Preparing for your appointment

By Mayo Clinic Staff

Make an appointment with your doctor if you have hand- or wrist-related pain and self-care measures — such as avoiding activities that trigger your pain — aren't helping. After an initial exam, your doctor may refer you to an orthopedist, rheumatologist, hand therapist or occupational therapist.

Here's some information to help you get ready for your appointment, and know what to expect from your doctor.

What you can do

  • Write down your key medical information, including other conditions with which you've been diagnosed and all medications and supplements you're taking.
  • Note hobbies and activities that may strain your hand or wrist, such as knitting, gardening, playing an instrument, participating in racket sports or performing repetitive workplace activities.
  • Note any recent injuries that may have damaged your hand or wrist.
  • Write down questions to ask your doctor. Creating your list of questions in advance can help you make the most of your time with your doctor.

Below are some basic questions to ask a doctor who evaluates you for wrist- or hand-related symptoms. If any additional questions occur to you during your visit, don't hesitate to ask.

  • What is the most likely cause of my symptoms?
  • Are there any other possible causes?
  • Do I need any tests to confirm the diagnosis?
  • What treatment approach do you recommend?
  • I have other health problems. How can I best manage these conditions together?
  • Will I need surgery?
  • How long will I need to avoid the activities that caused my condition?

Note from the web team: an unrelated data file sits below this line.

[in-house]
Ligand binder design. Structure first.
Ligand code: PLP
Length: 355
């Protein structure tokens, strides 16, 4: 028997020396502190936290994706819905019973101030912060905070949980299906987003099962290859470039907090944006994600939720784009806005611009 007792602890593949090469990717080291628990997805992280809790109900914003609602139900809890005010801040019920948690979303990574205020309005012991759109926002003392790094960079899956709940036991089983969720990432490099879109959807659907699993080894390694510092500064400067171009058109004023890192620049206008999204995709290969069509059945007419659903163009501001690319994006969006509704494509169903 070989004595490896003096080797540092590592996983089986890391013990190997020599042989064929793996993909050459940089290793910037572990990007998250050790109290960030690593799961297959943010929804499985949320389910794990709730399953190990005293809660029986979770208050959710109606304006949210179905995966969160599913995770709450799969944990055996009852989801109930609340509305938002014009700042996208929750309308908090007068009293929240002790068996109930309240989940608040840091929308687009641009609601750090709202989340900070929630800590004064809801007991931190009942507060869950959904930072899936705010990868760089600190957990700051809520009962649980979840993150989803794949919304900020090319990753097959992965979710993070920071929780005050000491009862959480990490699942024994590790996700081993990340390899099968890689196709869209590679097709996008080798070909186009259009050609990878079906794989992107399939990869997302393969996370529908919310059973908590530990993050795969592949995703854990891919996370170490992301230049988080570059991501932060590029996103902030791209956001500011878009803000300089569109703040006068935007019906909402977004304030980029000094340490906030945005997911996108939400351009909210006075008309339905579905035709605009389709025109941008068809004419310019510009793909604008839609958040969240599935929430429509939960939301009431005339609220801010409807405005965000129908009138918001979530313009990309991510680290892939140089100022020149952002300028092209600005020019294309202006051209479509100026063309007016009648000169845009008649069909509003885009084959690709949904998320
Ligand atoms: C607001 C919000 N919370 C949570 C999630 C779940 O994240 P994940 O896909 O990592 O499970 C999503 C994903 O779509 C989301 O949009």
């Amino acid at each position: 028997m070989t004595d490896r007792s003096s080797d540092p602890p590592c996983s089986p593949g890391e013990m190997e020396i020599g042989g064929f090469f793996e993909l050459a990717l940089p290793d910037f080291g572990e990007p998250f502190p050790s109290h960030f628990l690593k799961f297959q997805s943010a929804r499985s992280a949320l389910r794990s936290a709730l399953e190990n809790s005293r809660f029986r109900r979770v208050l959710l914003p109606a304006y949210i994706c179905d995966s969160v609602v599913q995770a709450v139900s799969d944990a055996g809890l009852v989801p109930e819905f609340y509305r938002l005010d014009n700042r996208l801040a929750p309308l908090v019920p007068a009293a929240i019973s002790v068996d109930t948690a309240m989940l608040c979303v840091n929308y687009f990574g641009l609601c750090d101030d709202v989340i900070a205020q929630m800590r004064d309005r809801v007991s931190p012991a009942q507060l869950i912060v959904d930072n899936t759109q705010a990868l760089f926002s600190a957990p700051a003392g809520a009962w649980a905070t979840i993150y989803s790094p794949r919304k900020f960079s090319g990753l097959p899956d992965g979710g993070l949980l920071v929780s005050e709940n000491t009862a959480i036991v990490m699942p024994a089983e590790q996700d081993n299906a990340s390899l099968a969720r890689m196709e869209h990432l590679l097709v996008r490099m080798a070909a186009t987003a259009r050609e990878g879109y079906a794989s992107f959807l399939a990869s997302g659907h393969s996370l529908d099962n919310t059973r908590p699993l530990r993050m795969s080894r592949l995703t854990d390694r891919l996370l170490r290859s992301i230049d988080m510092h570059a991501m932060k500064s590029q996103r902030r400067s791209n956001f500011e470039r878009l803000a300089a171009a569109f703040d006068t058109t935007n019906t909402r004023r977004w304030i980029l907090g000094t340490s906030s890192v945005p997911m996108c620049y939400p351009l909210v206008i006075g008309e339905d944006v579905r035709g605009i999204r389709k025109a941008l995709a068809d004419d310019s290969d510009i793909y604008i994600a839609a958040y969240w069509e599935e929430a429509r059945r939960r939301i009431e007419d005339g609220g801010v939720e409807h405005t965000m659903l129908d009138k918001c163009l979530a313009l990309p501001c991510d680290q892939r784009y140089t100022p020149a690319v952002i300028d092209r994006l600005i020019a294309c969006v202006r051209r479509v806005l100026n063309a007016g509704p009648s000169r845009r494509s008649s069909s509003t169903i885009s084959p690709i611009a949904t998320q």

• What else can I do on my own to improve my condition?
  • When do I need to make a follow-up appointment?

What to expect from your doctor

Your doctor is likely to ask you a number of questions. Being ready to answer them may reserve time to go over any points you want to talk about in-depth. Your doctor may ask:

  • What symptoms are you having and when did you first notice them?
  • Have your symptoms been getting worse or staying the same?
  • Do any particular activities seem to trigger your symptoms?
  • Do you participate in any hobbies or sports that involve repetitive hand or wrist movements?
  • What tasks do you perform at work?
  • Have you recently had any injuries that may have caused hand or wrist damage?
  • Does it help to avoid the activities that trigger your symptoms?
  • Have you tried any at-home treatments, such as over-the-counter pain relievers? Has anything helped?

What you can do in the meantime

In the time leading up to your appointment, avoid activities that cause or worsen your pain. To relieve your pain, try using nonsteroidal anti-inflammatory drugs (NSAIDs) and applying ice to the affected area.

Aug. 01, 2012